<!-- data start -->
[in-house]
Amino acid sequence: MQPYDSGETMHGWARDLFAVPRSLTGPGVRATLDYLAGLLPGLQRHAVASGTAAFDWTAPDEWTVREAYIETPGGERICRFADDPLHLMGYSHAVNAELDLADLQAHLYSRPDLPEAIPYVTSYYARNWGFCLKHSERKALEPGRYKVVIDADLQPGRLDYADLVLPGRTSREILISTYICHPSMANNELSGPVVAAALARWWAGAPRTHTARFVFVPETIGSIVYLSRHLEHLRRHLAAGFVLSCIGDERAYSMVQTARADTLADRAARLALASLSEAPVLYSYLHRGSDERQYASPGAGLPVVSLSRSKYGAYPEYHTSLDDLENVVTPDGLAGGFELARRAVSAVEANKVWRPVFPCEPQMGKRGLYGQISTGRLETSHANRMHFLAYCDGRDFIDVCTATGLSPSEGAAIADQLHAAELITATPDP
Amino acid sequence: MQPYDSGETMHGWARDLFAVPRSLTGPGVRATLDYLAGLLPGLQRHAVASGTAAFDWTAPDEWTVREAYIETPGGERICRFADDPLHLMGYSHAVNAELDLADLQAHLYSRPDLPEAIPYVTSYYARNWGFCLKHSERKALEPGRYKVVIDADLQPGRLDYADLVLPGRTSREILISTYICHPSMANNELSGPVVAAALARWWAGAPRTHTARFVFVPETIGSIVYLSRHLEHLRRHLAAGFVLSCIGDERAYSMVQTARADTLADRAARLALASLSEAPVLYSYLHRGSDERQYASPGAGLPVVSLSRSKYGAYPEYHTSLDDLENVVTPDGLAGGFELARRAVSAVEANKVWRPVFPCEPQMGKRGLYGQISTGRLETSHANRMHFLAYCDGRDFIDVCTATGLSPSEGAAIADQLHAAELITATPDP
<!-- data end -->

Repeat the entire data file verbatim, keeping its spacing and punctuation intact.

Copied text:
[in-house]
Amino acid sequence: MQPYDSGETMHGWARDLFAVPRSLTGPGVRATLDYLAGLLPGLQRHAVASGTAAFDWTAPDEWTVREAYIETPGGERICRFADDPLHLMGYSHAVNAELDLADLQAHLYSRPDLPEAIPYVTSYYARNWGFCLKHSERKALEPGRYKVVIDADLQPGRLDYADLVLPGRTSREILISTYICHPSMANNELSGPVVAAALARWWAGAPRTHTARFVFVPETIGSIVYLSRHLEHLRRHLAAGFVLSCIGDERAYSMVQTARADTLADRAARLALASLSEAPVLYSYLHRGSDERQYASPGAGLPVVSLSRSKYGAYPEYHTSLDDLENVVTPDGLAGGFELARRAVSAVEANKVWRPVFPCEPQMGKRGLYGQISTGRLETSHANRMHFLAYCDGRDFIDVCTATGLSPSEGAAIADQLHAAELITATPDP
Amino acid sequence: MQPYDSGETMHGWARDLFAVPRSLTGPGVRATLDYLAGLLPGLQRHAVASGTAAFDWTAPDEWTVREAYIETPGGERICRFADDPLHLMGYSHAVNAELDLADLQAHLYSRPDLPEAIPYVTSYYARNWGFCLKHSERKALEPGRYKVVIDADLQPGRLDYADLVLPGRTSREILISTYICHPSMANNELSGPVVAAALARWWAGAPRTHTARFVFVPETIGSIVYLSRHLEHLRRHLAAGFVLSCIGDERAYSMVQTARADTLADRAARLALASLSEAPVLYSYLHRGSDERQYASPGAGLPVVSLSRSKYGAYPEYHTSLDDLENVVTPDGLAGGFELARRAVSAVEANKVWRPVFPCEPQMGKRGLYGQISTGRLETSHANRMHFLAYCDGRDFIDVCTATGLSPSEGAAIADQLHAAELITATPDP